The regulatory framework needs to be fit for purpose.

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Re: "To properly fix this problem needs central governance"

"other elements including but not limited to strategy, finance, standardisation, planning and oversight"

Throw accountability and transparency into the mix as well.

A tiny Ohio village turned itself into a $3m speed-cam trap. Now it has to pay back the fines

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"Presumably at some point everyone in New Miami will realize that they are only costing themselves money and maybe the council should raise property taxes slightly to cover the work it needs to do."

They could just dump it on Optotraffic.

Morrisons launches bizarre Yorkshire Pudding pizza thing

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I'm getting seriously worried about Morrisons. They're not the same without owd Ken to keep 'em in line.

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Re: The Universal Food

"Honey is the only way to go"

There are many paths to enlightenment.

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Re: The Universal Food

"My grandmother added raisins to the batter"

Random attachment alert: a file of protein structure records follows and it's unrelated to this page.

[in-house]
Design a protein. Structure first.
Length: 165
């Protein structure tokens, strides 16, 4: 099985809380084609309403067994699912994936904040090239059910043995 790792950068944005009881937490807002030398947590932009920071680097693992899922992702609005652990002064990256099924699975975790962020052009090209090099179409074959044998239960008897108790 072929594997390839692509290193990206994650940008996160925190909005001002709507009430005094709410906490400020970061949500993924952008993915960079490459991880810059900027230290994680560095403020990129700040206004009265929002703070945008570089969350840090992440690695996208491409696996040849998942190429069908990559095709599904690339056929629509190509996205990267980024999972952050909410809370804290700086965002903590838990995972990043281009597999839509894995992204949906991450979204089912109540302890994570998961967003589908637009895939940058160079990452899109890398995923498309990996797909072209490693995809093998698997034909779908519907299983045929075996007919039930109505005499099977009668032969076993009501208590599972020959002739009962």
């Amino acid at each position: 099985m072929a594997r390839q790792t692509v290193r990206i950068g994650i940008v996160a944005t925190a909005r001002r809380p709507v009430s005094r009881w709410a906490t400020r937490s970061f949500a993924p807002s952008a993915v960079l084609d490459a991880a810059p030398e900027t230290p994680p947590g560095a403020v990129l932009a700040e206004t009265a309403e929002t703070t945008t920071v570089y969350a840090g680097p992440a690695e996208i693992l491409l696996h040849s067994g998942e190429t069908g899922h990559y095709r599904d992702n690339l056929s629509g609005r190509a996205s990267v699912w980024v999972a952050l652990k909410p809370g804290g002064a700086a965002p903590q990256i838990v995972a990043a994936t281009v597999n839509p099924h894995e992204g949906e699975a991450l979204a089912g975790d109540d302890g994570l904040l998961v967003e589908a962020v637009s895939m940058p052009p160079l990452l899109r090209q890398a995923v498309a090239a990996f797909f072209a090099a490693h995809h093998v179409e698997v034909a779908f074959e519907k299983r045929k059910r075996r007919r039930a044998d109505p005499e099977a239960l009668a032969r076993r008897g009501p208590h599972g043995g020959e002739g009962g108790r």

That's a novelty.

I wonder...

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Re: The Universal Food

"one to be consumed with the roast beef"

With the roast beef? With?

She must have been a comer-in. You eat it before the roast beef (other roasts are available).

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Re: They're copying Greggs, that's all

"Hint: it's not remotely bread-like."

Is pizza these days?

Our canteen lady back in Belfast came up with a sort of Irish pizza using a soda farl as the base.

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Re: If there was ever any doubt ...

".. that England was the place that good ingredients go to die"

You need to remember that England starts outside the boundaries of Yorkshire. That's the pre-1974 boundaries.

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Re: Not only would i eat it

"Being bred and born in Yorkshire, I'd demolish it."

Ditto but I have to admit to having been defeated by the Old Bridge in Holmfirth's offering. My excuse is that it wasn't a real Yorkshire pudding, it was a Toad in the Hole. A real Yorkshire pudding is eaten with nothing but gravy as a starter or with sugar or jam as a dessert.

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Re: Cast iron.

"Ask yer gran. I use mine immediately"

Doesn't she complain?

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"not as seriously as milk in tea"

Milk in tea is indeed a serious matter. It's an abomination that must be stamped out.

Facebook-basher Schrems raises enough dosh to get his Noyb out

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"the kind of people who REFUSE to learn"

And, indeed, are proud of their ignorance. The sort of people who'll tell you they know nothing about computers, science, whatever in the tone of voice that they'd consider themselves as lesser people if they did. And they consider you a lesser person if you do know about it.